No. 22 Notre Dame held on to defeat Purdue, 20-17, to move to 2-0 for the first time since 2008. The Fighting Irish scored the winning points on a 27-yard field goal from Kyle Brindza with seven seconds remaining.
We've provided grades and an analysis of each Irish position group from the team's narrow escape against the in-state rival Boilermakers.
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Notre Dame wasn’t expected to play multiple quarterbacks today, especially one of them being Tommy Rees, but it was forced to do so after starter Everett Golson injured his hand after a fourth quarter fumble. Golson played well other than the fumble, but it was Rees who was the hero, leading a drive to set up a game-winning field goal in the final seconds.
Golson connected on almost 70 percent of his passes, with one touchdown through the air and another on the ground. Rees hit only three of his eight passes, but converted two critical third downs on his only drive. Golson displayed his mobility on multiple occasions, primarily on a second-quarter touchdown drive capped by his three-yard scamper to the corner of the end zone.
Head coach Brian Kelly confirmed Golson will start next week’s game at Michigan State. However, Rees showed he can still be a factor this season, even if it’s just as a “closer”.
The running game is a joint effort between the backs and the offensive line, and neither was up to par on Saturday. Cierre Wood missed the game as he served the final game of a two-game suspension, but the stars of last week’s win over Navy, Theo Riddick and George Atkinson III, did little.
Riddick managed only 53 yards on 15 carries, while Atkinson III’s lone carry went for no gain. Purdue sold out against the run with a fair amount of success. T.J. Jones and Robby Toma each got carries on reverse plays, going for eight and six yards respectively.
It was a significant step back after last week, but Purdue has one of the stronger defensive fronts the Irish will see all season. However, next week's opponent, Michigan State, may have a better one. The running game must improve for the Irish to survive in East Lansing.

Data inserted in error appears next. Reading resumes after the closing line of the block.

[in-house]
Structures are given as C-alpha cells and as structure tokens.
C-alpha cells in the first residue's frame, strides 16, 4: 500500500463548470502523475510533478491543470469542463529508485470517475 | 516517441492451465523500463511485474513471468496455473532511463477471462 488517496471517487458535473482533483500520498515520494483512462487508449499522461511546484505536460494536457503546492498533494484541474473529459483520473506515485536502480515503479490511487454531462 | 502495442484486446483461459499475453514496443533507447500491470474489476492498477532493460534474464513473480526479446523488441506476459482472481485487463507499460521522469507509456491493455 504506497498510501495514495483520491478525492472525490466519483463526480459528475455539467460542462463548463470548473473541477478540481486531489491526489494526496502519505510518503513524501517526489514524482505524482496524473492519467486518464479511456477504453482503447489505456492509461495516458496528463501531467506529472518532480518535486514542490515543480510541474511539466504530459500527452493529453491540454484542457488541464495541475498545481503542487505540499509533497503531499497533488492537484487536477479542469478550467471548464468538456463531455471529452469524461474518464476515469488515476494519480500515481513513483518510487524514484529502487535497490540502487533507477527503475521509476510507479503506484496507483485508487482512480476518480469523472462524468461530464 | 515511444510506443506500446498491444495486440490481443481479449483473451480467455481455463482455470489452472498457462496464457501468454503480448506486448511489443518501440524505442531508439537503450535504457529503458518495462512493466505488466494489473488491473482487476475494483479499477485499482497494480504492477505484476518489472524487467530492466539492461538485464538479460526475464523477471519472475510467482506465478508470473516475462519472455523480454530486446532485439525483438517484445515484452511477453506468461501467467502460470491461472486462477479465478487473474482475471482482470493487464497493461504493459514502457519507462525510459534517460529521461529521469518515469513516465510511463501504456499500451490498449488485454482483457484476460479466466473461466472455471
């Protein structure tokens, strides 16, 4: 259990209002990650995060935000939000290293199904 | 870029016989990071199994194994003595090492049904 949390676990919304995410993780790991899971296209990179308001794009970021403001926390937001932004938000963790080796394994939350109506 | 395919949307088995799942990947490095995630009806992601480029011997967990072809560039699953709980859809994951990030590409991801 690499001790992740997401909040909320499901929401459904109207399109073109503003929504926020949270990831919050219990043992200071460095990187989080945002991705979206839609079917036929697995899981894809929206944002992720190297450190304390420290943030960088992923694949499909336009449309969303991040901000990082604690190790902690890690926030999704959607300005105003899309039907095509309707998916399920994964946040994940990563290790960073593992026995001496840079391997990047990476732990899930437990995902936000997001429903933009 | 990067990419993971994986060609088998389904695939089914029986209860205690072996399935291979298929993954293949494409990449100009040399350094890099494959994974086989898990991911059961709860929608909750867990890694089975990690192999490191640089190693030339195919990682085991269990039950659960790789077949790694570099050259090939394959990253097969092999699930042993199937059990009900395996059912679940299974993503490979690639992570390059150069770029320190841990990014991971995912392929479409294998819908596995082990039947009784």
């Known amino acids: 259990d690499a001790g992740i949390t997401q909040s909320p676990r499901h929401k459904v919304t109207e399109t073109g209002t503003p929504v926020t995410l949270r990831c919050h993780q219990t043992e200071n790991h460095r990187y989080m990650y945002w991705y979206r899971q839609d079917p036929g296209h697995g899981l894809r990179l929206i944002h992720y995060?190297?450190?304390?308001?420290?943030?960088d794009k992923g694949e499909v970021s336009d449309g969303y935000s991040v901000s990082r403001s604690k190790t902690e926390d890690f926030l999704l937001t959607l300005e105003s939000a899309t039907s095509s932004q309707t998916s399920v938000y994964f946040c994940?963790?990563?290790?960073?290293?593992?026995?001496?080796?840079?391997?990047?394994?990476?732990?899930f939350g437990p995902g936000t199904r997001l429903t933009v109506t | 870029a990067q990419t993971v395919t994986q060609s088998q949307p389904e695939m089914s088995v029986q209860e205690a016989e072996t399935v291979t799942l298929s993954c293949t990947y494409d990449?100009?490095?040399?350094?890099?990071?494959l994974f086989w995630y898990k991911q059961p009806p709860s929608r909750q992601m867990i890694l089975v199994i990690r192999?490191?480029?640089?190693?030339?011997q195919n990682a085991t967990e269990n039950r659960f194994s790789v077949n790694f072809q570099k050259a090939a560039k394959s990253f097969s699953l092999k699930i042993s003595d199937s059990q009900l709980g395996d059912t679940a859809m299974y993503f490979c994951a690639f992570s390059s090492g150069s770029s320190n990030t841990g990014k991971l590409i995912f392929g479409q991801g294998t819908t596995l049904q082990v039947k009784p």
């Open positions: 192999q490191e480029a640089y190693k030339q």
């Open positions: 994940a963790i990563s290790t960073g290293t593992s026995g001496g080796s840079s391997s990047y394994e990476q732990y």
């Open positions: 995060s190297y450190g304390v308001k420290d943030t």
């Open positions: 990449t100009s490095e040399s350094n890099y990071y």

Everett Golson and Tommy Rees combined to connect with nine different receivers, four of those tying for the team lead with four catches each. Tyler Eifert was a mismatch all afternoon before leaving the game in the second half with a head injury.
Davaris Daniels caught four passes before also having to leave the game. T.J. Jones caught the lone touchdown pass in the third quarter to give the Irish a 14-7 lead.
Notre Dame stretched the field much more than it did a week ago, as Purdue dared Golson to beat its secondary, which he often did after avoiding pressure. The ineffectiveness of the passing game after Eifert and Daniels went out is alarming, but not unexpected.
The battle in the trenches when the Irish had the ball was claearly won by Purdue, thanks in large part to strong performances from defensive tackles Kawann Short and Bruce Gaston.
Offensive tackle and team captain Zack Martin was called for a late hit in the first half, as the veteran played one of his more forgettable games on Saturday. The unit as a whole allowed five sacks.